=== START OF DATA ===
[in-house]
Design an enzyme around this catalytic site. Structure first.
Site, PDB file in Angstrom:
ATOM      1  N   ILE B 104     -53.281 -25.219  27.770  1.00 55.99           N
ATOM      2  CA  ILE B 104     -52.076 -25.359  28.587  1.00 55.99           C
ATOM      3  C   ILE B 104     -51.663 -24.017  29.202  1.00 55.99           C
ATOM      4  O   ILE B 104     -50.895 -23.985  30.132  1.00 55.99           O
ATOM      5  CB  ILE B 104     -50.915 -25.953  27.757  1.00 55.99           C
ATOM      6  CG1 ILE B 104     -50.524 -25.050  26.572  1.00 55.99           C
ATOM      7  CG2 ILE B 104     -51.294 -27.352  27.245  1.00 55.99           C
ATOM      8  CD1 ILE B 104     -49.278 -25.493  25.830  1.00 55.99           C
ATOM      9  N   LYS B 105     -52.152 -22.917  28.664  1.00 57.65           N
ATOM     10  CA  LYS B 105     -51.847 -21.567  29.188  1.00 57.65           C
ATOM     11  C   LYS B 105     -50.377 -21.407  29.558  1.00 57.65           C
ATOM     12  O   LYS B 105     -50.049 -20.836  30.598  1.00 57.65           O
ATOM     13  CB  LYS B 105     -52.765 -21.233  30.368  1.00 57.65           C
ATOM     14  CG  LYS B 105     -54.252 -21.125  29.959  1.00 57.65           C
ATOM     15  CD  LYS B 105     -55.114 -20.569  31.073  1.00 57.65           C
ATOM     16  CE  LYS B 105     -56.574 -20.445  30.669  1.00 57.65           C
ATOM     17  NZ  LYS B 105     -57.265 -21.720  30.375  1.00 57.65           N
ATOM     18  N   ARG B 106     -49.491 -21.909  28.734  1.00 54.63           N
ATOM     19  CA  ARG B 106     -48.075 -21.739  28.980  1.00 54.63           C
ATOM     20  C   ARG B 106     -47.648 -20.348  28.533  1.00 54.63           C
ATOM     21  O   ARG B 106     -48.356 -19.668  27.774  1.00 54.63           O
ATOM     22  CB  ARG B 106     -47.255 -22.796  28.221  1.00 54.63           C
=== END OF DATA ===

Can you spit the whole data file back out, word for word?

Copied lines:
[in-house]
Design an enzyme around this catalytic site. Structure first.
Site, PDB file in Angstrom:
ATOM      1  N   ILE B 104     -53.281 -25.219  27.770  1.00 55.99           N
ATOM      2  CA  ILE B 104     -52.076 -25.359  28.587  1.00 55.99           C
ATOM      3  C   ILE B 104     -51.663 -24.017  29.202  1.00 55.99           C
ATOM      4  O   ILE B 104     -50.895 -23.985  30.132  1.00 55.99           O
ATOM      5  CB  ILE B 104     -50.915 -25.953  27.757  1.00 55.99           C
ATOM      6  CG1 ILE B 104     -50.524 -25.050  26.572  1.00 55.99           C
ATOM      7  CG2 ILE B 104     -51.294 -27.352  27.245  1.00 55.99           C
ATOM      8  CD1 ILE B 104     -49.278 -25.493  25.830  1.00 55.99           C
ATOM      9  N   LYS B 105     -52.152 -22.917  28.664  1.00 57.65           N
ATOM     10  CA  LYS B 105     -51.847 -21.567  29.188  1.00 57.65           C
ATOM     11  C   LYS B 105     -50.377 -21.407  29.558  1.00 57.65           C
ATOM     12  O   LYS B 105     -50.049 -20.836  30.598  1.00 57.65           O
ATOM     13  CB  LYS B 105     -52.765 -21.233  30.368  1.00 57.65           C
ATOM     14  CG  LYS B 105     -54.252 -21.125  29.959  1.00 57.65           C
ATOM     15  CD  LYS B 105     -55.114 -20.569  31.073  1.00 57.65           C
ATOM     16  CE  LYS B 105     -56.574 -20.445  30.669  1.00 57.65           C
ATOM     17  NZ  LYS B 105     -57.265 -21.720  30.375  1.00 57.65           N
ATOM     18  N   ARG B 106     -49.491 -21.909  28.734  1.00 54.63           N
ATOM     19  CA  ARG B 106     -48.075 -21.739  28.980  1.00 54.63           C
ATOM     20  C   ARG B 106     -47.648 -20.348  28.533  1.00 54.63           C
ATOM     21  O   ARG B 106     -48.356 -19.668  27.774  1.00 54.63           O
ATOM     22  CB  ARG B 106     -47.255 -22.796  28.221  1.00 54.63           C